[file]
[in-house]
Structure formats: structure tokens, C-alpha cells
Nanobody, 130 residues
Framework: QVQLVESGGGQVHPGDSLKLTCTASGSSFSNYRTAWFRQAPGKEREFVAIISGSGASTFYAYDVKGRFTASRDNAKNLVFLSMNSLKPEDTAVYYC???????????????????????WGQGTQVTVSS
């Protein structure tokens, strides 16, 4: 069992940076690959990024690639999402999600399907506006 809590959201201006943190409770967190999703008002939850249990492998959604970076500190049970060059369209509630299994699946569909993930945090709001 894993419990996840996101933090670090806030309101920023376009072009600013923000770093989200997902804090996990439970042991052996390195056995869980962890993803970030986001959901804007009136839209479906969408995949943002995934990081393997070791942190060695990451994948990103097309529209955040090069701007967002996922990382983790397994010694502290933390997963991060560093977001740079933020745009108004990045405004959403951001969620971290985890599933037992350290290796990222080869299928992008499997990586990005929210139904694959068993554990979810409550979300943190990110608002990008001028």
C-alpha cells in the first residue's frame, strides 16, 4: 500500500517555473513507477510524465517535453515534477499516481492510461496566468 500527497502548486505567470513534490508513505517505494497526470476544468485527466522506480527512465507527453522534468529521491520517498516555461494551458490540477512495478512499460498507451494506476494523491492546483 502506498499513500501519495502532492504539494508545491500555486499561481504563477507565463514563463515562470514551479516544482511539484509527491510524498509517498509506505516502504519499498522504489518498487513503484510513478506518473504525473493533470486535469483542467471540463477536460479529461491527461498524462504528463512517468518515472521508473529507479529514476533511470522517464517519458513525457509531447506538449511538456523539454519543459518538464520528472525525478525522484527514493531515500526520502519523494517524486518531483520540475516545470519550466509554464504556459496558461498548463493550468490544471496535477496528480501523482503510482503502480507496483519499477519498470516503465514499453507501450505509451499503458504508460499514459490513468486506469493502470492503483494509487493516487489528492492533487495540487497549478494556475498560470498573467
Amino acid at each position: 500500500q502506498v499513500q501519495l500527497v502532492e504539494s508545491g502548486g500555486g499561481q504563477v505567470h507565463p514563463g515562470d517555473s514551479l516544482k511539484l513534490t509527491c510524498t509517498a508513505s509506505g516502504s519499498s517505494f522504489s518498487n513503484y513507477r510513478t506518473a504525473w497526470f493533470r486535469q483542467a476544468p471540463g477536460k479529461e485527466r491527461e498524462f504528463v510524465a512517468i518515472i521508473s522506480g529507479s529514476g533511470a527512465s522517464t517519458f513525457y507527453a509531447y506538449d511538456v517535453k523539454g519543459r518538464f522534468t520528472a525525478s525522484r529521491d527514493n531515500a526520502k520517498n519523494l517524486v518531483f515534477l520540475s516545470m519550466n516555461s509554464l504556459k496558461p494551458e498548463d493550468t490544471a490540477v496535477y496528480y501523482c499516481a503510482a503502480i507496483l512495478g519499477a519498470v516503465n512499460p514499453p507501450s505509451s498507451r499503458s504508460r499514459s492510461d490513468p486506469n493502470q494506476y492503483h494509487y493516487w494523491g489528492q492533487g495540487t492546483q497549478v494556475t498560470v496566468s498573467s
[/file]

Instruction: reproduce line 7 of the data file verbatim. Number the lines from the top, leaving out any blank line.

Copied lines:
Amino acid at each position: 500500500q502506498v499513500q501519495l500527497v502532492e504539494s508545491g502548486g500555486g499561481q504563477v505567470h507565463p514563463g515562470d517555473s514551479l516544482k511539484l513534490t509527491c510524498t509517498a508513505s509506505g516502504s519499498s517505494f522504489s518498487n513503484y513507477r510513478t506518473a504525473w497526470f493533470r486535469q483542467a476544468p471540463g477536460k479529461e485527466r491527461e498524462f504528463v510524465a512517468i518515472i521508473s522506480g529507479s529514476g533511470a527512465s522517464t517519458f513525457y507527453a509531447y506538449d511538456v517535453k523539454g519543459r518538464f522534468t520528472a525525478s525522484r529521491d527514493n531515500a526520502k520517498n519523494l517524486v518531483f515534477l520540475s516545470m519550466n516555461s509554464l504556459k496558461p494551458e498548463d493550468t490544471a490540477v496535477y496528480y501523482c499516481a503510482a503502480i507496483l512495478g519499477a519498470v516503465n512499460p514499453p507501450s505509451s498507451r499503458s504508460r499514459s492510461d490513468p486506469n493502470q494506476y492503483h494509487y493516487w494523491g489528492q492533487g495540487t492546483q497549478v494556475t498560470v496566468s498573467s